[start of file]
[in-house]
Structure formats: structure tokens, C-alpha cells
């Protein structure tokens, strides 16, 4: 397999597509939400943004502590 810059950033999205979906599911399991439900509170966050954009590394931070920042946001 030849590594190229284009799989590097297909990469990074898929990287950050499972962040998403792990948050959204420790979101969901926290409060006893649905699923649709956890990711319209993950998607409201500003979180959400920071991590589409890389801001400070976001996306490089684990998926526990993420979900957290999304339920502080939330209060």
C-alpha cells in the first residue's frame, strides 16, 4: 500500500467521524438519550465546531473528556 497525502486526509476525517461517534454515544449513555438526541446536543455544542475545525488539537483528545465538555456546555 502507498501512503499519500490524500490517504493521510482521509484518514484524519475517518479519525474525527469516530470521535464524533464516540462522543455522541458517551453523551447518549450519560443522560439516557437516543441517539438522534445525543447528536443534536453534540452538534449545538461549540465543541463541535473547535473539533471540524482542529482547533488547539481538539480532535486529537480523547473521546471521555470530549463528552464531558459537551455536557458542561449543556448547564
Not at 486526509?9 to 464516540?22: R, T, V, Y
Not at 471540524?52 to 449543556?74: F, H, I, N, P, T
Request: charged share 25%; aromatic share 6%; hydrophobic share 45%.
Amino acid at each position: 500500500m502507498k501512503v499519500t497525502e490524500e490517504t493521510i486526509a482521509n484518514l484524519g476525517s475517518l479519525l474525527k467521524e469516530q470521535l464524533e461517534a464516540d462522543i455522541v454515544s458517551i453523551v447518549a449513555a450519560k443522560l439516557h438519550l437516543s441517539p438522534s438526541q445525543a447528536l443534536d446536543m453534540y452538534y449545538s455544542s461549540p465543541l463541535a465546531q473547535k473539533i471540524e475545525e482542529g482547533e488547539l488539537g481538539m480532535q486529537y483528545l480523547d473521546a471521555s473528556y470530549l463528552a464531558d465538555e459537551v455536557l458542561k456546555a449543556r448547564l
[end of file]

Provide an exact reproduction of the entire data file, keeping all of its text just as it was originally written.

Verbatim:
[in-house]
Structure formats: structure tokens, C-alpha cells
């Protein structure tokens, strides 16, 4: 397999597509939400943004502590 810059950033999205979906599911399991439900509170966050954009590394931070920042946001 030849590594190229284009799989590097297909990469990074898929990287950050499972962040998403792990948050959204420790979101969901926290409060006893649905699923649709956890990711319209993950998607409201500003979180959400920071991590589409890389801001400070976001996306490089684990998926526990993420979900957290999304339920502080939330209060």
C-alpha cells in the first residue's frame, strides 16, 4: 500500500467521524438519550465546531473528556 497525502486526509476525517461517534454515544449513555438526541446536543455544542475545525488539537483528545465538555456546555 502507498501512503499519500490524500490517504493521510482521509484518514484524519475517518479519525474525527469516530470521535464524533464516540462522543455522541458517551453523551447518549450519560443522560439516557437516543441517539438522534445525543447528536443534536453534540452538534449545538461549540465543541463541535473547535473539533471540524482542529482547533488547539481538539480532535486529537480523547473521546471521555470530549463528552464531558459537551455536557458542561449543556448547564
Not at 486526509?9 to 464516540?22: R, T, V, Y
Not at 471540524?52 to 449543556?74: F, H, I, N, P, T
Request: charged share 25%; aromatic share 6%; hydrophobic share 45%.
Amino acid at each position: 500500500m502507498k501512503v499519500t497525502e490524500e490517504t493521510i486526509a482521509n484518514l484524519g476525517s475517518l479519525l474525527k467521524e469516530q470521535l464524533e461517534a464516540d462522543i455522541v454515544s458517551i453523551v447518549a449513555a450519560k443522560l439516557h438519550l437516543s441517539p438522534s438526541q445525543a447528536l443534536d446536543m453534540y452538534y449545538s455544542s461549540p465543541l463541535a465546531q473547535k473539533i471540524e475545525e482542529g482547533e488547539l488539537g481538539m480532535q486529537y483528545l480523547d473521546a471521555s473528556y470530549l463528552a464531558d465538555e459537551v455536557l458542561k456546555a449543556r448547564l